April 28, 2008
Who Generates Real ROI From Mobile UC? “Action-takers!”
Art Rosenberg, The Unified-View
Now that the telecommunications industry has finally started focusing on business process efficiencies and people productivity, rather than just cost reductions, it’s also time to look at which kinds of people will generate the most “productivity ROI” from UC for the typical business organization.
I think the market has also moved past individual productivity as the most important UC metric for business organizations for a number of reasons:
· It will vary from user to user, depending on job responsibilities and work environments
· It is not really that significant to enterprise business processes
· No guarantee that personal time savings will ever be passed on to the enterprise
However, personal timesaving benefits are indeed important for end user adoption of new UC capabilities.
So, now the UC migration focus is on business process benefits, which, by definition, means “group productivity,” where everyone involved in a business process task has to communicate efficiently, either as a contact initiator or a contact recipient/respondent. Who ever is not communicating efficiently, becomes the weak link in the business process chain!
Everyone is a “Knowledge/Information’ worker, but not everyone is an “Action-taker”
There was a concerted effort by industry pundits to focus on end users who were involved in business process performance who could supply important information in a timely manner, i.e., they could be contacted and respond very quickly to information requests. While it is true that such capability is important, I believe everyone involved in a business process can contribute information to the business process flow, not just subject matter experts. Everyone is really an information worker/user.
If you think about it, particularly in the context of revenue-sensitive customer-initiated contacts, customer input is the prerequisite for all further actions. Taking it a step further, if there is indeed any significant actions to be taken, including both decision-making and service deliveries, we will find those kinds of “action-takers” to be more mobile and less available at a desktop. So, in order to successfully complete that type of customer-facing business process, desktop UC will not be adequate and Mobile UC flexibility comes into play.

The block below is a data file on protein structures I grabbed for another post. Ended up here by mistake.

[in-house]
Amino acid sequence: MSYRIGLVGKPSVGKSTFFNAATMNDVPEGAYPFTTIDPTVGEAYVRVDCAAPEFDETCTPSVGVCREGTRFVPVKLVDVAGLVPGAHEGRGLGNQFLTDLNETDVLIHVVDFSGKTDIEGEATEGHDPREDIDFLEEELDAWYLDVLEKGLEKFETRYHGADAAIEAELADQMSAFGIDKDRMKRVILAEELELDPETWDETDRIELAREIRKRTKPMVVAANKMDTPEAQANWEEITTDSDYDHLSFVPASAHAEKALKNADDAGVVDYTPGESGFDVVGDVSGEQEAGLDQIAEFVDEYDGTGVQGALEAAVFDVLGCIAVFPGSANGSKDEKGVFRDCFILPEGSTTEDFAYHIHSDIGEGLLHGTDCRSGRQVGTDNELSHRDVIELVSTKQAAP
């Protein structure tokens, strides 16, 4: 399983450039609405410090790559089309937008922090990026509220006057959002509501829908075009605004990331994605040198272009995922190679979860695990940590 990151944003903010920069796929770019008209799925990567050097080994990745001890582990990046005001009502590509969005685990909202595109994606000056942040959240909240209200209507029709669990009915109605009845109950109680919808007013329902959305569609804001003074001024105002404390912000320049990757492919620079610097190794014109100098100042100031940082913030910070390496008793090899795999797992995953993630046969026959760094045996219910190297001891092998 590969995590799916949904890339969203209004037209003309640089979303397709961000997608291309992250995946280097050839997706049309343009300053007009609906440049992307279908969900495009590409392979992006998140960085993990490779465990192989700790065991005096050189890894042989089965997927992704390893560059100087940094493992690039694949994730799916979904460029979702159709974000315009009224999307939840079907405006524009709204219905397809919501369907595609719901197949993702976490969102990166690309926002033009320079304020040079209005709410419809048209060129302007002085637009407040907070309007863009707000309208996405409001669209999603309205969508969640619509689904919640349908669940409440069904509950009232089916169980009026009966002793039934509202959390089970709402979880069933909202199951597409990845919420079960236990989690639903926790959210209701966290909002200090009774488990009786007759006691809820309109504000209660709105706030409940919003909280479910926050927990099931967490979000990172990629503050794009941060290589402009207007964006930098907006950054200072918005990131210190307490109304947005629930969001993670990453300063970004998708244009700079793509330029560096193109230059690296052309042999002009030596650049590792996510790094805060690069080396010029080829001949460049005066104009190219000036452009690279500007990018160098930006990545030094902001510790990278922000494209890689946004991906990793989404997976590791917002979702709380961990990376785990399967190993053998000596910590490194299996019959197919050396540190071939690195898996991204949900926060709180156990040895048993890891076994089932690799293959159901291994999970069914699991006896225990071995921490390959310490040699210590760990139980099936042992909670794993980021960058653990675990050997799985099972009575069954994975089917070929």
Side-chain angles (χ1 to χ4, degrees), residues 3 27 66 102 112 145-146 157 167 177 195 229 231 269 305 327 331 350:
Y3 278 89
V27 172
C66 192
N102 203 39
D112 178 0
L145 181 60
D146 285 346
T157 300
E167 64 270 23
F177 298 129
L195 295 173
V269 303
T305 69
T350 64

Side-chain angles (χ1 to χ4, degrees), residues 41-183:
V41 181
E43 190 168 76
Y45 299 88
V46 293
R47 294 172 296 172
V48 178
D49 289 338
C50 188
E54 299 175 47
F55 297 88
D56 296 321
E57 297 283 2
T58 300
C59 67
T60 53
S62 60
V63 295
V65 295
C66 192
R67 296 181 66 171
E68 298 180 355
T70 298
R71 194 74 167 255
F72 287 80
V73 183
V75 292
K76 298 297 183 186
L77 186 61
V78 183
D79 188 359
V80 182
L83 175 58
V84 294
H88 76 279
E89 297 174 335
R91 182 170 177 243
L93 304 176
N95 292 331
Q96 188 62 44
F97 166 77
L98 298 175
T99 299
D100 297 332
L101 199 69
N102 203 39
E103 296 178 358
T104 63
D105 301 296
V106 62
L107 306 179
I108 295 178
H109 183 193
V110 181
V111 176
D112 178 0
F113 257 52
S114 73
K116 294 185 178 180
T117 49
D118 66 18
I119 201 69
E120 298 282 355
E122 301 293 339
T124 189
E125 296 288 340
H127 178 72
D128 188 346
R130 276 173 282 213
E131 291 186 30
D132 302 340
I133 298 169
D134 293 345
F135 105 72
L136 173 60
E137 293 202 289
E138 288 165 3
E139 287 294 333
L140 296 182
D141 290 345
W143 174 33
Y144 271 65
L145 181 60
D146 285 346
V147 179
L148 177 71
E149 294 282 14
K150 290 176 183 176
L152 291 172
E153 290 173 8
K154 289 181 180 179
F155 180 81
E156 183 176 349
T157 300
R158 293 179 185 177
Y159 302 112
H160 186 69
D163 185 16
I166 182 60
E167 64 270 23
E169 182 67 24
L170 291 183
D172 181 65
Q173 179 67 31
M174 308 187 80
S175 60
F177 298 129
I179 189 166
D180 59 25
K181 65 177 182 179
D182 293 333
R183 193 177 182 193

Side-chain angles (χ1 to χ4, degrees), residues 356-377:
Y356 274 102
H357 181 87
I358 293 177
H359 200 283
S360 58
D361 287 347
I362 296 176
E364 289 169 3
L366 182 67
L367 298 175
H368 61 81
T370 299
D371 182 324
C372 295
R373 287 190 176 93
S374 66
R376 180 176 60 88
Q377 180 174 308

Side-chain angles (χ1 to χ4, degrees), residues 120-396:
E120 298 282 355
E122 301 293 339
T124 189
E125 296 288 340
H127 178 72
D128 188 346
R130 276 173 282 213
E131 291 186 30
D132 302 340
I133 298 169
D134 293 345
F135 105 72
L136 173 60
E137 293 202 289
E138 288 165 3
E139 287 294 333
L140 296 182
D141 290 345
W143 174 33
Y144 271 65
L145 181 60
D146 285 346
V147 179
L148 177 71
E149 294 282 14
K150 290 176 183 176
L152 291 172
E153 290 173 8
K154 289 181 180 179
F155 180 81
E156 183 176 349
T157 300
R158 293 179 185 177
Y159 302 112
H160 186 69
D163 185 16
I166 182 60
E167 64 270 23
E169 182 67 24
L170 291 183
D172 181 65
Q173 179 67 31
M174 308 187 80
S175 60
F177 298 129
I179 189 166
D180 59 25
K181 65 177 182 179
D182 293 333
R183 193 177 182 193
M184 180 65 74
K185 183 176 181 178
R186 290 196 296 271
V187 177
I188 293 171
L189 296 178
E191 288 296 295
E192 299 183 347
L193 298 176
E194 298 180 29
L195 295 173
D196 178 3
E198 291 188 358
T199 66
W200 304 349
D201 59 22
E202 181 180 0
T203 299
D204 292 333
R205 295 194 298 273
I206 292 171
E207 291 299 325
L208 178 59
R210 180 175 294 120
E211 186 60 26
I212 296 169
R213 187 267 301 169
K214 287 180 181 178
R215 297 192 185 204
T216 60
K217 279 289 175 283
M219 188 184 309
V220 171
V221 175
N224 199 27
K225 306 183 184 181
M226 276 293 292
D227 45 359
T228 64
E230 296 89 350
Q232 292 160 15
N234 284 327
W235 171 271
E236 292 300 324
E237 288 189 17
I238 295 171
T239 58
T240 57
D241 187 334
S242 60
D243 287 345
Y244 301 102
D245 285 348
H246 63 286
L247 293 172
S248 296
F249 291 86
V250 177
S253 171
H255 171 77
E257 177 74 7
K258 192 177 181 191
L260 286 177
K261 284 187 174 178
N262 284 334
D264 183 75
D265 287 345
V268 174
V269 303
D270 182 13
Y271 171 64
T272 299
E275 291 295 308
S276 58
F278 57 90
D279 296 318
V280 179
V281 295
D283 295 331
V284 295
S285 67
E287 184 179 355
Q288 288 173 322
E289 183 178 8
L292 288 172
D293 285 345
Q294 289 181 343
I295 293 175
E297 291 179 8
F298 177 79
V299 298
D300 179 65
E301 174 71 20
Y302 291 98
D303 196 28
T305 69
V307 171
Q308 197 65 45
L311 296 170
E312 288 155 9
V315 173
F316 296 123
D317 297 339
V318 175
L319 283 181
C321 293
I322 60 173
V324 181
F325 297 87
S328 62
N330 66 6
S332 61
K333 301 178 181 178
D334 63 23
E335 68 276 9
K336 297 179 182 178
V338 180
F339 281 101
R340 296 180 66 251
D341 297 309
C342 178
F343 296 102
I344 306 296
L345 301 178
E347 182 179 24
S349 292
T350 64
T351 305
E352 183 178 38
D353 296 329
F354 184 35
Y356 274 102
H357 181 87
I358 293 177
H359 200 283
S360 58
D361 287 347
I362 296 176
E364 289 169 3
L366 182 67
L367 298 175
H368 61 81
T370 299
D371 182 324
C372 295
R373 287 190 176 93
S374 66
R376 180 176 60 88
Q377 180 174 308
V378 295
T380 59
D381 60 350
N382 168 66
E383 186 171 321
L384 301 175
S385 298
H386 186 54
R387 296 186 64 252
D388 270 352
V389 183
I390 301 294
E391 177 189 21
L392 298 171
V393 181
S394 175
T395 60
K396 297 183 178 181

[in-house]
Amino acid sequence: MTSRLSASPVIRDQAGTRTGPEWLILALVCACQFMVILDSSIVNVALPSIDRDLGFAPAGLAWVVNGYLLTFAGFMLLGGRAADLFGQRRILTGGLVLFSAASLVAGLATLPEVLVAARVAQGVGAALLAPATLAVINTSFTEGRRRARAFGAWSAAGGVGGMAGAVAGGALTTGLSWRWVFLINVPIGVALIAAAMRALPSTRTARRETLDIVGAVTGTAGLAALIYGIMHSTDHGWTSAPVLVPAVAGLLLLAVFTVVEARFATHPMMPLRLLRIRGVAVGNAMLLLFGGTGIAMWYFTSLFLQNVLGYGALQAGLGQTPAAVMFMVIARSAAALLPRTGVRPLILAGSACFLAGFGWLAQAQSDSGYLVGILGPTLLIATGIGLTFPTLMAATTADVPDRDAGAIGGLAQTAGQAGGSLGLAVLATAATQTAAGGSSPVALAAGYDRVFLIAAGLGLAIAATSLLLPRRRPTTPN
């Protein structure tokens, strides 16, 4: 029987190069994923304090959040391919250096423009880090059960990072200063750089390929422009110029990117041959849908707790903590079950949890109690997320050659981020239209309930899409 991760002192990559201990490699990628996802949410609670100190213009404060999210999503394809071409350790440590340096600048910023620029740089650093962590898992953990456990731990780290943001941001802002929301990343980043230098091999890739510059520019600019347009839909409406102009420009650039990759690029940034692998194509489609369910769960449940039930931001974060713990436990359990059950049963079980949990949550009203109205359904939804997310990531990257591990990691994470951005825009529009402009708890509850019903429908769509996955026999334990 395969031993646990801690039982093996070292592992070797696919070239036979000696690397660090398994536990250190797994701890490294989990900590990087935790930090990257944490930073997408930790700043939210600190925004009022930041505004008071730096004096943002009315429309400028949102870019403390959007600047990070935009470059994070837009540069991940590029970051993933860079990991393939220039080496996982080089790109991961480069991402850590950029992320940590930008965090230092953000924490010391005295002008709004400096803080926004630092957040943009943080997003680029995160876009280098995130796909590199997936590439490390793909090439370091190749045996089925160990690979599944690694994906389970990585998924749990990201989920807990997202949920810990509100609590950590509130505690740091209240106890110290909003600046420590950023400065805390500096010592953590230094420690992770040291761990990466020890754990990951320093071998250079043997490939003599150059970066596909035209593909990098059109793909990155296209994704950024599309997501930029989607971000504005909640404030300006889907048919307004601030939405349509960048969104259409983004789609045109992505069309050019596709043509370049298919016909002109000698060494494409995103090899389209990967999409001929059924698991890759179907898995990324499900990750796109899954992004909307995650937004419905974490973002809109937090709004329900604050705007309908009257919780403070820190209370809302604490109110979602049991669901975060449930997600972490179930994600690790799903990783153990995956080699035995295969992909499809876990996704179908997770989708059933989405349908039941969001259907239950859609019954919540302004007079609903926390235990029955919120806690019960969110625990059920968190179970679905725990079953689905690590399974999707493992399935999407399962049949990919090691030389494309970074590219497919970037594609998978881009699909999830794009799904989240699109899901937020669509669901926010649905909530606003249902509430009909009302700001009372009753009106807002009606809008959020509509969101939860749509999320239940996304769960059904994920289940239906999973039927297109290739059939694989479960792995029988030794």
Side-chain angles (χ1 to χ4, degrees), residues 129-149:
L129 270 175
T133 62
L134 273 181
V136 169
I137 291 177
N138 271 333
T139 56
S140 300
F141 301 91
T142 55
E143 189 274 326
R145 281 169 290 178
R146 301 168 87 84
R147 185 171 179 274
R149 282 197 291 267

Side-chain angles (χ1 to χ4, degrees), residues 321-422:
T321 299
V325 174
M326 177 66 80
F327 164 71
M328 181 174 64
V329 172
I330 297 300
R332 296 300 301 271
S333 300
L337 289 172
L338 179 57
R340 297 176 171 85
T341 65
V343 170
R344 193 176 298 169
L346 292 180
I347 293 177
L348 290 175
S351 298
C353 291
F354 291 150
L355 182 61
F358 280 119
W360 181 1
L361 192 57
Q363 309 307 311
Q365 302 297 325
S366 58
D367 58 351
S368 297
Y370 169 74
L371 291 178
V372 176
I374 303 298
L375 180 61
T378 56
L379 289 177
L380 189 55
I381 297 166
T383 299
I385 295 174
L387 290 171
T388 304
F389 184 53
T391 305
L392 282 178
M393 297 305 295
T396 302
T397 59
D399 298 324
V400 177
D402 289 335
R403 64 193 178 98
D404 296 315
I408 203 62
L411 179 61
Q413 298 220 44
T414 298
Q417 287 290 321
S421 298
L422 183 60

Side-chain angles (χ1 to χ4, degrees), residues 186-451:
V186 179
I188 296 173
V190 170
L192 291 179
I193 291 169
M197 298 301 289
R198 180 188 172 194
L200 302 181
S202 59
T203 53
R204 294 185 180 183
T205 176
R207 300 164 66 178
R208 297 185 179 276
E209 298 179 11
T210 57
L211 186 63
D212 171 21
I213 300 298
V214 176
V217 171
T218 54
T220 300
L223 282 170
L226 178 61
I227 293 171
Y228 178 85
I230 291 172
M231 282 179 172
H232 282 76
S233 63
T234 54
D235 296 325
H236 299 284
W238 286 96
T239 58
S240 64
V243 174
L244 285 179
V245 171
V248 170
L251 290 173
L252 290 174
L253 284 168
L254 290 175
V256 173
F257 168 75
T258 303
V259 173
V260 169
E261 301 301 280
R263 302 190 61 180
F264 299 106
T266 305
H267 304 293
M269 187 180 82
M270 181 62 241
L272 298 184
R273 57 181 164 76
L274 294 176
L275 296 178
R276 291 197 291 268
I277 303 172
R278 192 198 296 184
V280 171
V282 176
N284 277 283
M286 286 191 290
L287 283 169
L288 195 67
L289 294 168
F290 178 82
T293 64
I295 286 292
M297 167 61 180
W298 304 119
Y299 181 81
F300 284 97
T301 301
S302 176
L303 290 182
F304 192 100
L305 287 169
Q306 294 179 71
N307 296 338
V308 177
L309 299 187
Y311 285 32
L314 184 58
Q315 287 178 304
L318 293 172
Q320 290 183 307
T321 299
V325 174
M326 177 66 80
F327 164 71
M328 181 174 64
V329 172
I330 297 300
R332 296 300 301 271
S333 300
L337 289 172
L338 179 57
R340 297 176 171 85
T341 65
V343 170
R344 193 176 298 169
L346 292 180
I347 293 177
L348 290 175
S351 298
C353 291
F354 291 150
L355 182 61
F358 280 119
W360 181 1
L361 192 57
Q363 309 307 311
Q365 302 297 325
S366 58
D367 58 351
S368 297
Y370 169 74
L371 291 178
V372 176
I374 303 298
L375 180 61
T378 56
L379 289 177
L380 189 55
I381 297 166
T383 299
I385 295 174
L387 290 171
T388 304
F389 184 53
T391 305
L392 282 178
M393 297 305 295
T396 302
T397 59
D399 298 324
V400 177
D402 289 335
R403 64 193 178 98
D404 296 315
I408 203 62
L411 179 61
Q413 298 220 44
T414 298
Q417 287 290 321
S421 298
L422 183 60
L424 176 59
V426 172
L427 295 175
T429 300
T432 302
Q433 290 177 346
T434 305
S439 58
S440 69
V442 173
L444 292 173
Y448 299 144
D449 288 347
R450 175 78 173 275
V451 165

That is one of the reasons that mobile communications have been increasing so rapidly for business users. It has also become a source of concern for IT management, since they cannot easily control what end users will carry with them nor the seamless interoperability between fixed (wired enterprise-controlled desktops and mobile devices and services. Those challenges are slowly being resolved through both technology interoperability and evolving more strategic business relationships between the enterprise and wireless carriers. (See Michael Finneran’s comments on FMC.)
In the meantime, it will become important to focus on the mobility needs of customer-facing “action-takers,” not just “knowledge workers,” who will be key to successful completion of revenue-generating or loss prevention business processes. For practical UC migration planning, find out who your “action-takers” are and what they are doing today for efficient communication access while mobile. That will help define your real UC implementation priorities.
P.S. Your "action-takers" will very often NOT be within your organization - think delivery services, local technology support channels, etc. So, make sure that they are "federated" with your organization's UC capabilities and presence management facilities!
What Do You Think?
You can contact me at: firstname.lastname@example.org or (310) 395-2360.
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